Obituary by Jonny Whiteside
Tenor sax veteran Gil Bernal died on Sunday of congestive heart failure. He was 80. Bernal was an incomparable Los Angeles jazz musician who began his professional career with swing kingpin Lionel Hampton in 1950, and played and collaborated with everyone from Ray Charles to Quincy Jones.
Born February 4, 1931 in Watts, Bernal's neighborhood chums were folks like Charles Mingus, Buddy Collette, and Big Jay McNeely. A proficient saxist and singer by his teens, Bernal jammed at parties and dances and, after graduating from Jordan High, ended up touring nationally with Hampton in 1950. Turns out Hampton had fired a tenor player during a local engagement, and Bernal had chops enough to land into the gig. His band mates included Quincy Jones and Little Jimmy Scott.
Back in Los Angeles two years later, a now-seasoned Bernal formed his own jazz combo with trumpeter Shorty Rogers and drummer Shelley Manne. Jazz remained Bernal's life-long avocation, but in the Big Beat era the hot new R&B “honking” style was in vogue. He went onto to record some of R&B's fiercest, funkiest solos with the Coasters (nee Robins) — among them “Youngblood,” “Searchin',” “Riot in Cell Block #9” “Down in Mexico” and “Smokey Joe's Café.” He had his own kicking R&B instrumentals, and did sessions with Big Mama Thornton, Ray Charles, and The Dominos. With Lee Hazlewood at the controls, he raunched up Duane Eddy's 1958 hit “Rebel Rouser.”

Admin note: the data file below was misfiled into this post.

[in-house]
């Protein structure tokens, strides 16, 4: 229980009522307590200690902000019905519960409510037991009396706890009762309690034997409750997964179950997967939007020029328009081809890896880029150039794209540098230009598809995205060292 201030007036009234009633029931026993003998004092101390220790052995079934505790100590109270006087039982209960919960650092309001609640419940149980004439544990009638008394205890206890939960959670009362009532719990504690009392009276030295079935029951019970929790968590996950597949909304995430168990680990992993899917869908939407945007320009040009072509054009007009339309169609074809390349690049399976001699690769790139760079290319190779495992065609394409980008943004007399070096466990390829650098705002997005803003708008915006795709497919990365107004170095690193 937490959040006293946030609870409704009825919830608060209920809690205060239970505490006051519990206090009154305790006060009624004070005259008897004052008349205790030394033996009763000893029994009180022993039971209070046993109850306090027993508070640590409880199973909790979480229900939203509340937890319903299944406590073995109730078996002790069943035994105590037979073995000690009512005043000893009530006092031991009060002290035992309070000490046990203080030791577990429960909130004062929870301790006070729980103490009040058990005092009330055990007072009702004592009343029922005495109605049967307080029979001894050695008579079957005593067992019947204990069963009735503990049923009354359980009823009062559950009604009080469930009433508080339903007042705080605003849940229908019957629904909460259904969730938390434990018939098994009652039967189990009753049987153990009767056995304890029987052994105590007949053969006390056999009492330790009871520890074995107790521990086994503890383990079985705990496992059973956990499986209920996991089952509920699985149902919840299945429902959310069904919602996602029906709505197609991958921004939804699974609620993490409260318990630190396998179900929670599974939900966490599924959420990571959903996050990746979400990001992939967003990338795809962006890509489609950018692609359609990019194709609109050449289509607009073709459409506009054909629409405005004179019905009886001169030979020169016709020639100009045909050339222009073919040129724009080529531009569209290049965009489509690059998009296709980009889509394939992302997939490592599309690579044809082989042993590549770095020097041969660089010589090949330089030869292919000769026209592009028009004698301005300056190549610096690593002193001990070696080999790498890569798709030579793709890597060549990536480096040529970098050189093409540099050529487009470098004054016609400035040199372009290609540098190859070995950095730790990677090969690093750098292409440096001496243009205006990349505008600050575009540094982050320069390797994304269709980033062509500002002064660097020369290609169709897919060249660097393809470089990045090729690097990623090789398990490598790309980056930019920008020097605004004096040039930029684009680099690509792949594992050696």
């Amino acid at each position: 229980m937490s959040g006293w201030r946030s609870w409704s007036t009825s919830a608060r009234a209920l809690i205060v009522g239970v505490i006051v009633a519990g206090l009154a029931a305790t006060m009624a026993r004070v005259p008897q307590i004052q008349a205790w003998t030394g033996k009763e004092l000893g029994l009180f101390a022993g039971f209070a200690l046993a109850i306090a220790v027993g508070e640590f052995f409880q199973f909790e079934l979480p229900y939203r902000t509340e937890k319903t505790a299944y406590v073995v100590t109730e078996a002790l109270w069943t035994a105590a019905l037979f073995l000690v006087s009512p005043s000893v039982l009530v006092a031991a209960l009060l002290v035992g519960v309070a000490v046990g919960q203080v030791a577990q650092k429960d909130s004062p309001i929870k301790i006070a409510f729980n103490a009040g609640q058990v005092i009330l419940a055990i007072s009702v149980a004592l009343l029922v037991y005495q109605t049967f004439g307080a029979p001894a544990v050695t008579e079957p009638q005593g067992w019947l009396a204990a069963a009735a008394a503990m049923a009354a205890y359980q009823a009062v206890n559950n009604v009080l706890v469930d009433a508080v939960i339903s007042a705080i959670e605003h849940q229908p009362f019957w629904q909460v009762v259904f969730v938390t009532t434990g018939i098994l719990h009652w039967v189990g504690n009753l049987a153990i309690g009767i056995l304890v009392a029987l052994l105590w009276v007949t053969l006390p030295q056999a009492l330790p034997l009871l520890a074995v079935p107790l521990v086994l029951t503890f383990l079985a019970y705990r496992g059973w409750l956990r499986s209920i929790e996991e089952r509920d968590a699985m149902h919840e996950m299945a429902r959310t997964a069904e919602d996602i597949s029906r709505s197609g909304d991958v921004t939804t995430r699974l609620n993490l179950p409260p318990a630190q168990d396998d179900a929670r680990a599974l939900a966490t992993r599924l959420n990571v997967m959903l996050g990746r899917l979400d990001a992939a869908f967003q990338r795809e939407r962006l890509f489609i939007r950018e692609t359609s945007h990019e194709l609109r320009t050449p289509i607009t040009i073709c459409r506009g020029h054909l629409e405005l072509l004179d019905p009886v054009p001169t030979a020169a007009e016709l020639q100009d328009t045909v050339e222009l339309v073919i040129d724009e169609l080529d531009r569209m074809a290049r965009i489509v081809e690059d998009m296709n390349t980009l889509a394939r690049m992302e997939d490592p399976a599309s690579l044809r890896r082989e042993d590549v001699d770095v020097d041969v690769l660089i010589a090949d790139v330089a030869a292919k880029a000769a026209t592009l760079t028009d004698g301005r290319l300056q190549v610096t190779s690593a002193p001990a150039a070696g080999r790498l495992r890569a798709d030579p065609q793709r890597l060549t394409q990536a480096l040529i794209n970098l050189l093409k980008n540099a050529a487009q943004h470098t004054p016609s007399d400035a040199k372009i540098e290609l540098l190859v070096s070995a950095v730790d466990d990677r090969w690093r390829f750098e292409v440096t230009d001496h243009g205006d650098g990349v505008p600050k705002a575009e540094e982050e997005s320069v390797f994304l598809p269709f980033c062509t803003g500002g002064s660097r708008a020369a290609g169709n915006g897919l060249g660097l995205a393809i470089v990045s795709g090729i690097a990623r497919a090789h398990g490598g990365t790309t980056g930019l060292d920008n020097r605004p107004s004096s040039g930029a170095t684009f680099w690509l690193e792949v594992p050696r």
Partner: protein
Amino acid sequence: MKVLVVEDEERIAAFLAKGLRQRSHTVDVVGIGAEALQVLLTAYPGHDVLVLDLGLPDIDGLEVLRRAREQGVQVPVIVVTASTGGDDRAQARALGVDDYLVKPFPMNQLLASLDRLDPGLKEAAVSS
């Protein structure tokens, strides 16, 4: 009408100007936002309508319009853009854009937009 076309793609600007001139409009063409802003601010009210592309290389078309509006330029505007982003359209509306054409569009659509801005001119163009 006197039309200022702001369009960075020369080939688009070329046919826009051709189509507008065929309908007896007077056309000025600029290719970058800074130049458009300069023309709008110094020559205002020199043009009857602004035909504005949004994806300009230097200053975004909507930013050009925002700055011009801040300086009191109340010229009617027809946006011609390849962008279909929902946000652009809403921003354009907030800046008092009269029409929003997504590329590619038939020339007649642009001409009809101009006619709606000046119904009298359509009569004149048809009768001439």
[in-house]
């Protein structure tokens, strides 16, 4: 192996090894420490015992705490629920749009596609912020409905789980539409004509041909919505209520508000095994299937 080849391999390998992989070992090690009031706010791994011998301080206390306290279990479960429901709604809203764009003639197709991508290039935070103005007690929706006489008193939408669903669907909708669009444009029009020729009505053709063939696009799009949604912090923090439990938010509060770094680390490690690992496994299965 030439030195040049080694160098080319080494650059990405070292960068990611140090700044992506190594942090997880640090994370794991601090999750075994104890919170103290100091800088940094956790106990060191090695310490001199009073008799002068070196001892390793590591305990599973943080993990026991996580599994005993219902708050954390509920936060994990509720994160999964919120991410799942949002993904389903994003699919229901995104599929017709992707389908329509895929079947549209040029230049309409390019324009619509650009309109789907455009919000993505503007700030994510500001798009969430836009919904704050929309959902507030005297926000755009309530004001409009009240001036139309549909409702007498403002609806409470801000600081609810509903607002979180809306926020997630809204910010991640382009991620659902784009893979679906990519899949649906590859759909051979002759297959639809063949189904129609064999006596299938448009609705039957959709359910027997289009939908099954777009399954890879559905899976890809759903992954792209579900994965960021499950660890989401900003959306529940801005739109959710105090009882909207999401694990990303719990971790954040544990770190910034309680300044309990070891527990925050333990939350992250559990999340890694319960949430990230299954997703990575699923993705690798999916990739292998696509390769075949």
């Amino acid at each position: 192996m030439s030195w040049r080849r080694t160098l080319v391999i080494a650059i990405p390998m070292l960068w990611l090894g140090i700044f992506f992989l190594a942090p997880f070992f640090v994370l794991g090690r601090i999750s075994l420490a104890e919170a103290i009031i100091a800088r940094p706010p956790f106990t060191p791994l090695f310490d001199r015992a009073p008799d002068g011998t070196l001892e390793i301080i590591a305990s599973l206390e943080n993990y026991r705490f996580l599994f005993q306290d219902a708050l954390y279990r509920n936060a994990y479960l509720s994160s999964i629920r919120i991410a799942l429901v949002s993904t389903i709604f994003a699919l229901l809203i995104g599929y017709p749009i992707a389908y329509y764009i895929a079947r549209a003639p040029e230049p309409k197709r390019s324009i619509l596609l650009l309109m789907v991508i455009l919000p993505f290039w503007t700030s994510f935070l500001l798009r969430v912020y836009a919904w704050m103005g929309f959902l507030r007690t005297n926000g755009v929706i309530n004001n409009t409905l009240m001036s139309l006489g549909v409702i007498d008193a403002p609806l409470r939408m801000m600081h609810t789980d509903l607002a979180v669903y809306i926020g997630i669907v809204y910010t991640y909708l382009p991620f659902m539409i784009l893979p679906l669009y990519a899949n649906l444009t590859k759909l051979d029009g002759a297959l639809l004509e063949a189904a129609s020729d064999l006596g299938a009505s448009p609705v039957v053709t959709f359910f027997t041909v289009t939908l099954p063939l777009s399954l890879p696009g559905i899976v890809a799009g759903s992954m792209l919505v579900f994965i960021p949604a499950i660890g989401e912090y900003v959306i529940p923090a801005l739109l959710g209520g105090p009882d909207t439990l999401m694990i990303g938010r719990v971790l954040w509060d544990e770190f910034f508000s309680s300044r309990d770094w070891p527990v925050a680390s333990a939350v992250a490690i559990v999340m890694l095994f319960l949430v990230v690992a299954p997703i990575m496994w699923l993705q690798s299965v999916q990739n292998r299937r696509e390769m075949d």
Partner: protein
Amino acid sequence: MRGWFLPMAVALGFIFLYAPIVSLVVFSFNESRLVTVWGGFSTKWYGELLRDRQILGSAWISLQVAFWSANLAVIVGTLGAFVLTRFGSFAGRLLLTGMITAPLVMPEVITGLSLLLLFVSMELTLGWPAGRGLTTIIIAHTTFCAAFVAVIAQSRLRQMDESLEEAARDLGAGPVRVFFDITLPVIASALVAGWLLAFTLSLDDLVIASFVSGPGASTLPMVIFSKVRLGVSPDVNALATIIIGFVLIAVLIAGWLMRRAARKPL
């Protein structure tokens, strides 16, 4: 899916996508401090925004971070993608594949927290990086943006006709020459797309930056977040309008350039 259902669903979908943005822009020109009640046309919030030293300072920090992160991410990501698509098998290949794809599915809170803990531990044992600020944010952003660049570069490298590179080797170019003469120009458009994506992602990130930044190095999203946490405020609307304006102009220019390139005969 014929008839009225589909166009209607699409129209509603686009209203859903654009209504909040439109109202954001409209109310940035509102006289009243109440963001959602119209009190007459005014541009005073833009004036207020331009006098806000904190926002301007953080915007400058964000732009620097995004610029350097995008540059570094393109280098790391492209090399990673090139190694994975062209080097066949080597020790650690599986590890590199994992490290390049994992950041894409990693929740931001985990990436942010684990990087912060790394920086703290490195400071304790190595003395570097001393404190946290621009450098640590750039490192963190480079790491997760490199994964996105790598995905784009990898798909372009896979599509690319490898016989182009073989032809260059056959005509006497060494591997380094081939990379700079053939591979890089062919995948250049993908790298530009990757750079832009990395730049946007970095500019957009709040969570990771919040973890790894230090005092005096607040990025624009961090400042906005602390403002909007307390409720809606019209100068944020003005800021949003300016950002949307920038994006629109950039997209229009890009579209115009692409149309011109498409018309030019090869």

After band leader Spike Jones caught the saxist's act in Vegas one night, he hired him on the spot, and Bernal spent six years with Jones – a man known for using only the finest players. Bernal told author Jim Dawson that he spent some of this time, “spoofing the honkers. I'd walk around and sit in Jayne Mansfield's lap and blow macho jazz. They'd put dry ice in the bell of my horn so that it would be smoking!”
As a vocalist, Bernal's ballad “The Eyes of Love” from the 1967 movie Banning earned him an Academy Award nomination. He can also be heard on soundtracks like In the Heat of the Night and In Cold Blood — both collaborations with Quincy Jones. Distinguishing himself as one Los Angeles' most in-demand and hardest working jazz players, more recently Bernal was drafted by Ry Cooder for work with both the Buena Vista Social Club and on Cooder's star-studded Chavez Ravine production.
Gil was a sweet, low-key character with a cool and easy-going demeanor, but on the bandstand he would deliver everything from sensual, lulling reveries to volcanic, fat-toned workouts. He masterfully combined good taste, rich atmospherics and an impeccable swing-ability that earned him the respect of multiple generations of Los Angeles musicians. Rest in Peace.